This is the first biography of an intrepid young French woman, Lily Sergueiew, who led an adventurous life and became famous as one of the five D-Day spies. In 1939, her bicycle ride from Paris to Saigon was interrupted by the outbreak of war. Disgusted by the Fall of France in 1940, she took the courageous decision to personally help the Allies drive the Nazis out of France: she would get the Abwehr to train her as a spy and have herself sent to England. Once there, she would betray the Nazis and place herself at the disposal of the Allies. It took three emotionally exhausting years to achieve this. She arrived in England just in time to become TREASURE, one of the five spies who misled the Nazis into believing that the Allies would land in the Pas de Calais. This disinformation operation saved countless lives. But Lily found the English cold and ungenerous towards her. They knew that she had a fatal medical condition. She had also risked her life – and her parents’ lives – every day she worked for the Nazis, yet the English would not let her bring the dog who was such a comfort to her. They told her that her work was vital to their cause, but for Lily their behaviour meant that it was not worth a dog. So she hid from them that the Nazis had given her a control code to prove that her radio messages were genuine: it gave her a sense of power to know that she could destroy her work – and the whole D-Day deception – with a single keystroke. She did not intend to use it, but once she had revealed it, she was dismissed straight after D-Day. This meant that she could join the Free French Forces and be sent to France to care for Displaced Persons left in the wake of the retreating Nazis. Working with liberated prisoners from Buchenwald, she married the American Major in charge of the region who had fallen in love with her. He took her to America where he hoped that her condition could be cured. It could not, and she died (largely forgotten) with her husband at her side in 1950.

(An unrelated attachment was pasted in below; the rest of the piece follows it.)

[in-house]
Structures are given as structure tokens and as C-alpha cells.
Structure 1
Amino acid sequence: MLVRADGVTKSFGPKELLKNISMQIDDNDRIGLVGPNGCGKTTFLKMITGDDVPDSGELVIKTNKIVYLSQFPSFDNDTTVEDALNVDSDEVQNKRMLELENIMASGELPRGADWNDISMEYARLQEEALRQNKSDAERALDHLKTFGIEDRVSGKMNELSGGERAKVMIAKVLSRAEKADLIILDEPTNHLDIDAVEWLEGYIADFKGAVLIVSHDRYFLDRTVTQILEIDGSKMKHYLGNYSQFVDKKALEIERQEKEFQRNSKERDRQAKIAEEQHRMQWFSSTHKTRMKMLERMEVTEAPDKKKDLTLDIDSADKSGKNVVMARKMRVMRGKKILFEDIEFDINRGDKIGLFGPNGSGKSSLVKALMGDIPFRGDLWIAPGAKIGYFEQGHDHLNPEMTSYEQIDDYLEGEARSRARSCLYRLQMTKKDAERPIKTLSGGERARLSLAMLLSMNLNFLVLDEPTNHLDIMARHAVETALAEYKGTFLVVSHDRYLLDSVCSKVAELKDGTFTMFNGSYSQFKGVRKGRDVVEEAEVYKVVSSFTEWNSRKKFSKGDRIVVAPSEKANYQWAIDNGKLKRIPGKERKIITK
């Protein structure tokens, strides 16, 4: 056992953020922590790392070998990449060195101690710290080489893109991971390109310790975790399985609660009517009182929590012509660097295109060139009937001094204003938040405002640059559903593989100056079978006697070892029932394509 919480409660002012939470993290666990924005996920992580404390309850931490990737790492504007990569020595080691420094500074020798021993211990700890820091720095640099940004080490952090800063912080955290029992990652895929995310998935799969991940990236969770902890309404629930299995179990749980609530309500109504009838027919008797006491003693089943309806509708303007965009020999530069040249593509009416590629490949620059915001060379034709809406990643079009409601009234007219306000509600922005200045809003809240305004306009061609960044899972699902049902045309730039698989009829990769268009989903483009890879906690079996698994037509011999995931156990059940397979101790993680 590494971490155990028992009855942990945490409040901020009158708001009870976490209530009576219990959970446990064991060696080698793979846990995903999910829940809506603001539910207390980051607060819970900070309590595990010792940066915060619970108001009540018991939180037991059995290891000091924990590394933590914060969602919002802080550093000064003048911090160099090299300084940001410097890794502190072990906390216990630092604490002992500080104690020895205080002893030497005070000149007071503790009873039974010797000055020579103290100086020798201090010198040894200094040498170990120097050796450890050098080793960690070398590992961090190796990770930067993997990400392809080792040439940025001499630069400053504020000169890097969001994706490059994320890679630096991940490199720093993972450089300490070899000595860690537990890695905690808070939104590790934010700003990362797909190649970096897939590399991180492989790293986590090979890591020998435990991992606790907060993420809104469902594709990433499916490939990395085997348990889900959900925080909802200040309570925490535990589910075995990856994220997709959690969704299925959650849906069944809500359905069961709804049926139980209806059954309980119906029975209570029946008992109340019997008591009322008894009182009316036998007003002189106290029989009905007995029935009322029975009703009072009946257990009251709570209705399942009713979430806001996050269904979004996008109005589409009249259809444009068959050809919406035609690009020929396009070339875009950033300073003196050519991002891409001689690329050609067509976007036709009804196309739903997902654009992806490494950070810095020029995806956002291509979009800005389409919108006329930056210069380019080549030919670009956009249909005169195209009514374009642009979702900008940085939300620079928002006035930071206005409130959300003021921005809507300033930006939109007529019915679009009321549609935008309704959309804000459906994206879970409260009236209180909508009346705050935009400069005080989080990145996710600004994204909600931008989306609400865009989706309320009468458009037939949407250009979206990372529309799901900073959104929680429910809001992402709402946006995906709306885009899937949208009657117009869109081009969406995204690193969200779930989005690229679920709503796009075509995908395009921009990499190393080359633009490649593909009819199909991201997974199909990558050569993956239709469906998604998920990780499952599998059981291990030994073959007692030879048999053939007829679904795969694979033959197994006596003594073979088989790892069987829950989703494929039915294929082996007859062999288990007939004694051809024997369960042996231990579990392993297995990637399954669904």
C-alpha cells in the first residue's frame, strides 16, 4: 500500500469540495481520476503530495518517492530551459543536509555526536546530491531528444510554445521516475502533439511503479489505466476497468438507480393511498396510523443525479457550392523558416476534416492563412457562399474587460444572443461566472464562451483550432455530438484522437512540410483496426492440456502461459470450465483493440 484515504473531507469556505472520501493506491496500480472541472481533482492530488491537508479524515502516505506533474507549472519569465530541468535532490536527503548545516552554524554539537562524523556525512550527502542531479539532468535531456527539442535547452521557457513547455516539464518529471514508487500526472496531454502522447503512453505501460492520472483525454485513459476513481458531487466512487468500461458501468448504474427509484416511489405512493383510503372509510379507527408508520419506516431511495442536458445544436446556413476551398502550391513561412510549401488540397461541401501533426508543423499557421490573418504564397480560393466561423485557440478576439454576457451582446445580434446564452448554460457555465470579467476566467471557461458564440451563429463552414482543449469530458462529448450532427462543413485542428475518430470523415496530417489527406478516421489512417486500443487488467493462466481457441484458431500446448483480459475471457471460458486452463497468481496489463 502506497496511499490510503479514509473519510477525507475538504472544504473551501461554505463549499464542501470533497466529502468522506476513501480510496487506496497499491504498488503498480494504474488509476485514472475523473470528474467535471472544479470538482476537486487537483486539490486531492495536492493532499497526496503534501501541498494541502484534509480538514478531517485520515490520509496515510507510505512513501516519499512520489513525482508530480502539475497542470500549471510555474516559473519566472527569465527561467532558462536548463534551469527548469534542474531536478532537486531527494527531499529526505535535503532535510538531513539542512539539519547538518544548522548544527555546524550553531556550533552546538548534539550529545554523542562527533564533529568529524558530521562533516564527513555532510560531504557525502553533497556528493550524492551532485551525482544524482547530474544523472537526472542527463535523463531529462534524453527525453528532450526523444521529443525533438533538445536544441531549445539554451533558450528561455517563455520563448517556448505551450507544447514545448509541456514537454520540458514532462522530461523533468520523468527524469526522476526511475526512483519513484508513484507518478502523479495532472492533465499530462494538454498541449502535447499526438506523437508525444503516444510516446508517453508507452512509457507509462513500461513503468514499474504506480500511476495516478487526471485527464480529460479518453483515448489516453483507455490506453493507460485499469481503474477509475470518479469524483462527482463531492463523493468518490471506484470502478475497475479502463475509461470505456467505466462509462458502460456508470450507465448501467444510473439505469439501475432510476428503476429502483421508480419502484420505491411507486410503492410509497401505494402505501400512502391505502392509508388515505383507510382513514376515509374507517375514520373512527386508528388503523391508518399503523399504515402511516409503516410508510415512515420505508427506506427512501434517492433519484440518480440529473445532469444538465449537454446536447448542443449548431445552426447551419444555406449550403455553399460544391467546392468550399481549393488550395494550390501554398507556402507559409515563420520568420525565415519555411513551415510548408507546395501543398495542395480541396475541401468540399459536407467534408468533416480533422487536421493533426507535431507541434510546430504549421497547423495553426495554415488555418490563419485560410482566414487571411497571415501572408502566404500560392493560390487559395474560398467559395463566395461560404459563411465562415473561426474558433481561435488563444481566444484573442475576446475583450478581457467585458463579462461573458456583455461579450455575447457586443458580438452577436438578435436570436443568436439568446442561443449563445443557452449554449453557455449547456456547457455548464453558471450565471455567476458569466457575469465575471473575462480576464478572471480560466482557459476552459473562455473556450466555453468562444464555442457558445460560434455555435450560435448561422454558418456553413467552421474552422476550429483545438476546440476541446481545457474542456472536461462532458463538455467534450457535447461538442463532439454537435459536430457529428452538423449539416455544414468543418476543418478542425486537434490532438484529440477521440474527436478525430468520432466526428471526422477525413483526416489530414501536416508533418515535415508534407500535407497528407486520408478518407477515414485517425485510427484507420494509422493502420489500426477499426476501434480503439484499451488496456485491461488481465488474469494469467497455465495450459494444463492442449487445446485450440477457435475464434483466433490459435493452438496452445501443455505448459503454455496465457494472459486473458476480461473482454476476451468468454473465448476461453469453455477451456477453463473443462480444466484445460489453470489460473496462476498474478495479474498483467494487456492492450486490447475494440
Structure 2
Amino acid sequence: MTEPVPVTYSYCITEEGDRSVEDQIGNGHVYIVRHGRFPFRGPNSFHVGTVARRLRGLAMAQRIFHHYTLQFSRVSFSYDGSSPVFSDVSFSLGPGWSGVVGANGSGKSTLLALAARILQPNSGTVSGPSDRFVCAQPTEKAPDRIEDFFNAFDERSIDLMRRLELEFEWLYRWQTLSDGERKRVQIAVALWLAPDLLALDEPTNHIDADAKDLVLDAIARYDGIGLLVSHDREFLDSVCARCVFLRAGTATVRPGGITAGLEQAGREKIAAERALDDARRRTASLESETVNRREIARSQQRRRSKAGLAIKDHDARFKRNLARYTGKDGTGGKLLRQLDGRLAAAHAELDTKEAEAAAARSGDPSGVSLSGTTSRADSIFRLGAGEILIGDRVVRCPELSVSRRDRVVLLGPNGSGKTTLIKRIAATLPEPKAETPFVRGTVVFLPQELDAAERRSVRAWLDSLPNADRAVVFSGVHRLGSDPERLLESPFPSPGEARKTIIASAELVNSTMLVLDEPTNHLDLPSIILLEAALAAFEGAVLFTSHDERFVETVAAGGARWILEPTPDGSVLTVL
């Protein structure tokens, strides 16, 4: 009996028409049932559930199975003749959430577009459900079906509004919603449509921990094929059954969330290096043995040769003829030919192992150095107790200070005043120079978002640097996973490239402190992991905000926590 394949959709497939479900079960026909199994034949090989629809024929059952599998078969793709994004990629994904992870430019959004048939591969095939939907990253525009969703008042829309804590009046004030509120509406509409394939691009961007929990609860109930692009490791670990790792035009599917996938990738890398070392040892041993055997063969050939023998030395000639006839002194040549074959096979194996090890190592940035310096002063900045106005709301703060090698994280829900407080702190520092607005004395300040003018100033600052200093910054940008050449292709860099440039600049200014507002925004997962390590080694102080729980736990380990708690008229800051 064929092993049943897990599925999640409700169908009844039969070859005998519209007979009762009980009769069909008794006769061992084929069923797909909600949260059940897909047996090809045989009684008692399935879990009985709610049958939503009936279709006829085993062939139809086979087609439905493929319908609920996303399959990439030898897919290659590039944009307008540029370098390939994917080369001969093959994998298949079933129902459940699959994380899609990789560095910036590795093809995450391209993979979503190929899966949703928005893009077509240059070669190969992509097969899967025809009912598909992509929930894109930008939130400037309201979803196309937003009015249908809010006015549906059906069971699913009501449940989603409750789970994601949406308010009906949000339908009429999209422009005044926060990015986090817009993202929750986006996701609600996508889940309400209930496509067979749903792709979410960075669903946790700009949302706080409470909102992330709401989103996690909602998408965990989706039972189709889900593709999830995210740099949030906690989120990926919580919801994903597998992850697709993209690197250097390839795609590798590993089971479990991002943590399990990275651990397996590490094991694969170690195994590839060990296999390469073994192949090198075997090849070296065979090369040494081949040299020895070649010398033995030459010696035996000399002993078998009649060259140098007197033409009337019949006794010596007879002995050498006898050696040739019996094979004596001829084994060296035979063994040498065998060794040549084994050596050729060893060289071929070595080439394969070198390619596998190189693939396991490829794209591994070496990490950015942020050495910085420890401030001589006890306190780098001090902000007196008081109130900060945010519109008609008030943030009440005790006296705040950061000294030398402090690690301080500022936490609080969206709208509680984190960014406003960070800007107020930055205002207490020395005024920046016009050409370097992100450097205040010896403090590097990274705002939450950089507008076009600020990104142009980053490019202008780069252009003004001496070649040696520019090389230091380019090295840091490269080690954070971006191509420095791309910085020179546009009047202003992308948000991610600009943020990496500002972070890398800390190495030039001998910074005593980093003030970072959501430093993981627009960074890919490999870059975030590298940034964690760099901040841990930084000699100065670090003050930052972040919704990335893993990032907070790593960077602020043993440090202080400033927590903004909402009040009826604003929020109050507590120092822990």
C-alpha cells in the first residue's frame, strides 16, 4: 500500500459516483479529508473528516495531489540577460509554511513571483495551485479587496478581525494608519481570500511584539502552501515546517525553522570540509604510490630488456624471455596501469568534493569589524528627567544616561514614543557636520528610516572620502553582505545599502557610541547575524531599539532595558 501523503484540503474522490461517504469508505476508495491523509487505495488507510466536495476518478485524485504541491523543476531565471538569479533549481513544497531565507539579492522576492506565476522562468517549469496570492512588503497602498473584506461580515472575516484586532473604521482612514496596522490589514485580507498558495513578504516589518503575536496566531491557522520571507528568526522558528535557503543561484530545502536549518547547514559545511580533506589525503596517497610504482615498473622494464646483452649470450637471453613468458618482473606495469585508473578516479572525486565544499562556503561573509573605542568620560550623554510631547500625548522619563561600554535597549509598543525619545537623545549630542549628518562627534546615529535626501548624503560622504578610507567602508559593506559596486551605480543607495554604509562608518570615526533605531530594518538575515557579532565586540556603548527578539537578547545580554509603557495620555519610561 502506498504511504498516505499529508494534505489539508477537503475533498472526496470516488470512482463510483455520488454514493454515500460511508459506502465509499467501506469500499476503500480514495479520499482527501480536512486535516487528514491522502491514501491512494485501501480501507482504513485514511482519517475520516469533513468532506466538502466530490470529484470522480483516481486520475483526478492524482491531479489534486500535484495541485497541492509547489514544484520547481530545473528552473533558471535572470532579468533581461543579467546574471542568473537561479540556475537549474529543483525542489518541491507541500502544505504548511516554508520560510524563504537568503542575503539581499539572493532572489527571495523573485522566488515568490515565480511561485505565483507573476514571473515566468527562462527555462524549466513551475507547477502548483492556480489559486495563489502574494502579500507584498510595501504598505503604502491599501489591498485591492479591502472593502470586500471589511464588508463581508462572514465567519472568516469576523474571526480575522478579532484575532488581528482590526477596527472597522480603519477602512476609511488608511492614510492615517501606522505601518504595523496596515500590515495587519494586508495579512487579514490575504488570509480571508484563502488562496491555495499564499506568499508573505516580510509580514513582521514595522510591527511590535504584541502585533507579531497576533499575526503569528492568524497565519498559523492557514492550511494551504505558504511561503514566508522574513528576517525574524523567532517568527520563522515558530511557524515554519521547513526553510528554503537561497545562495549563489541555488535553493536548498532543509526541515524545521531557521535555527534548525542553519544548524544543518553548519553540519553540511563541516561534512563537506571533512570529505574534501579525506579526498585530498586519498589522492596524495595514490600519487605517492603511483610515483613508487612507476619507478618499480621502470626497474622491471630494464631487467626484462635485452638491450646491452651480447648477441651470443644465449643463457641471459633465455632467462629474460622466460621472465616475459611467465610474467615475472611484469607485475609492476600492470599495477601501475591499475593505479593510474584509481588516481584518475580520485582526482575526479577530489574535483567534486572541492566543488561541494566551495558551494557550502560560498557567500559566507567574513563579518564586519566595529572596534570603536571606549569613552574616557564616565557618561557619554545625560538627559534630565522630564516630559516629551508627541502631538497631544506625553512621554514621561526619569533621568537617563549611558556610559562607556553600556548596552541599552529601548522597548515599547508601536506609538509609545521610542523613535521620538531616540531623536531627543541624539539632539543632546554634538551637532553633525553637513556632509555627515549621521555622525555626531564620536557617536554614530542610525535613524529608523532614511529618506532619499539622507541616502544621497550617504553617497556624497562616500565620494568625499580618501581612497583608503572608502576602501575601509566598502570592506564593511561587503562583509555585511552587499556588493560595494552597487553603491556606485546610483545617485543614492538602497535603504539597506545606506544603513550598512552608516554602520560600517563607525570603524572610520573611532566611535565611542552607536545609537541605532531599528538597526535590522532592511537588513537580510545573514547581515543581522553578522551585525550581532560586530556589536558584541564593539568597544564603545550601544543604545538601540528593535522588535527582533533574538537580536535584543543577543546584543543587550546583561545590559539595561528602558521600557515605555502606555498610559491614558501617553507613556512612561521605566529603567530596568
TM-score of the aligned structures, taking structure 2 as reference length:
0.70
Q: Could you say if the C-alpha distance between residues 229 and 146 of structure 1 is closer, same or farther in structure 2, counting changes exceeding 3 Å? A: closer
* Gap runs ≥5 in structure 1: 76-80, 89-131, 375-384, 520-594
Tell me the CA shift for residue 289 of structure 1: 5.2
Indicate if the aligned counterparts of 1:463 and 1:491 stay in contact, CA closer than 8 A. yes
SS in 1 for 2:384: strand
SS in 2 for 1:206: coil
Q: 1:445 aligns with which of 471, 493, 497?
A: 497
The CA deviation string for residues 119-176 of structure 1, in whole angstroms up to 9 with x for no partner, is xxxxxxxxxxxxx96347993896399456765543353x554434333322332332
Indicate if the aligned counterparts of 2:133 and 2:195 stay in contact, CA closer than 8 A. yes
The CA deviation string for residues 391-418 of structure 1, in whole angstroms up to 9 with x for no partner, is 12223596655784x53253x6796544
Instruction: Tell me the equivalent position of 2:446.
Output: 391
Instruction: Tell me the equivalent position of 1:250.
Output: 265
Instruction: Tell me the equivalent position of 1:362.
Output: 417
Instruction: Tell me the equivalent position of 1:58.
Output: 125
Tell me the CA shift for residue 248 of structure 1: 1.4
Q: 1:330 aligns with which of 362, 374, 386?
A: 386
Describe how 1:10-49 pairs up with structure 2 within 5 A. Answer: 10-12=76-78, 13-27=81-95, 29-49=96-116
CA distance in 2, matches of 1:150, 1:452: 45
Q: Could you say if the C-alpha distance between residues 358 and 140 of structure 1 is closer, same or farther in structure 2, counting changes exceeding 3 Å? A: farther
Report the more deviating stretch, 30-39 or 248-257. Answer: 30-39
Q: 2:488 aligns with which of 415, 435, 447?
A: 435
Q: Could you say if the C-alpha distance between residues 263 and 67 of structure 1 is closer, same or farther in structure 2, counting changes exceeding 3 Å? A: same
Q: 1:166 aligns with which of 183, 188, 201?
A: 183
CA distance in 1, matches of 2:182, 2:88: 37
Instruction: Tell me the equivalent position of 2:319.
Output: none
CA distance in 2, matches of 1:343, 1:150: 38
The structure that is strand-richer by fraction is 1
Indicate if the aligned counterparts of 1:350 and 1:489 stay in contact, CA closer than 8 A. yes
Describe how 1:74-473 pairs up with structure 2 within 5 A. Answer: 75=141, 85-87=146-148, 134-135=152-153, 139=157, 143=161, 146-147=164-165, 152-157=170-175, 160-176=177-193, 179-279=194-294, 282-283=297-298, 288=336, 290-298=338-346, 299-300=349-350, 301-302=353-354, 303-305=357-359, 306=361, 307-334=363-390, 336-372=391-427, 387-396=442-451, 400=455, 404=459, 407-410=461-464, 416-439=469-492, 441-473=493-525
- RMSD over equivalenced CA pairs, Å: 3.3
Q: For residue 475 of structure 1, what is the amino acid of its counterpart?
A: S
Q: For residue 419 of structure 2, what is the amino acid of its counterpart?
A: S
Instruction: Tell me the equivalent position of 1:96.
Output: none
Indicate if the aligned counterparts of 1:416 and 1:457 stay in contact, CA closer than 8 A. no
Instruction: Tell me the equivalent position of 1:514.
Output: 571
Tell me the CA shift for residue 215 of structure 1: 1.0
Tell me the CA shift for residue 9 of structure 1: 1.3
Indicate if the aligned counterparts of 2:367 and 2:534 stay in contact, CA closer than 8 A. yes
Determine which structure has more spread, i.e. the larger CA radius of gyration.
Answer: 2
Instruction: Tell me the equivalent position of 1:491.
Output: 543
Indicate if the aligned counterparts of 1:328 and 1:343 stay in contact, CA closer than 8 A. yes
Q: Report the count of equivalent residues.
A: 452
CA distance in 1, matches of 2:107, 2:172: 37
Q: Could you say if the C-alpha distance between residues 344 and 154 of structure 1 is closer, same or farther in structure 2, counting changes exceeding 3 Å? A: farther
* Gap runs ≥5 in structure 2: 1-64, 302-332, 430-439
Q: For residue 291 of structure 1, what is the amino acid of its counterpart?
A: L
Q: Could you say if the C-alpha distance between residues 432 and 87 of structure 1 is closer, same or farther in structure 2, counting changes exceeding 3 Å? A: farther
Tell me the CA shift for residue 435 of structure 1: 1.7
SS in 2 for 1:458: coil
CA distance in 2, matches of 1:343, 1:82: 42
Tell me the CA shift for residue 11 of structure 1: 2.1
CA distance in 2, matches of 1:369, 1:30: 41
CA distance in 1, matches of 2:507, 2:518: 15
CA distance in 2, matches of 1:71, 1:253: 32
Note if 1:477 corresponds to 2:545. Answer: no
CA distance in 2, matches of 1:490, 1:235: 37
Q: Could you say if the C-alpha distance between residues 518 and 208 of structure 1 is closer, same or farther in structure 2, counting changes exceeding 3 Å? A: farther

Winnington has done an impressive amount of research and uses Lily's own writing to vivid effect. The book includes many of her paintings and drawings, as well as photographs of her. Though military historians are probably the primary audience for this book, anyone interested in women's history and tales of derring-do will also find much to savor in these pages. Readers may come to this book for the war history, but they'll come away feeling they've met a truly incredible woman, one whose work as a spy wasn't even her most daring.New York Journal of Books
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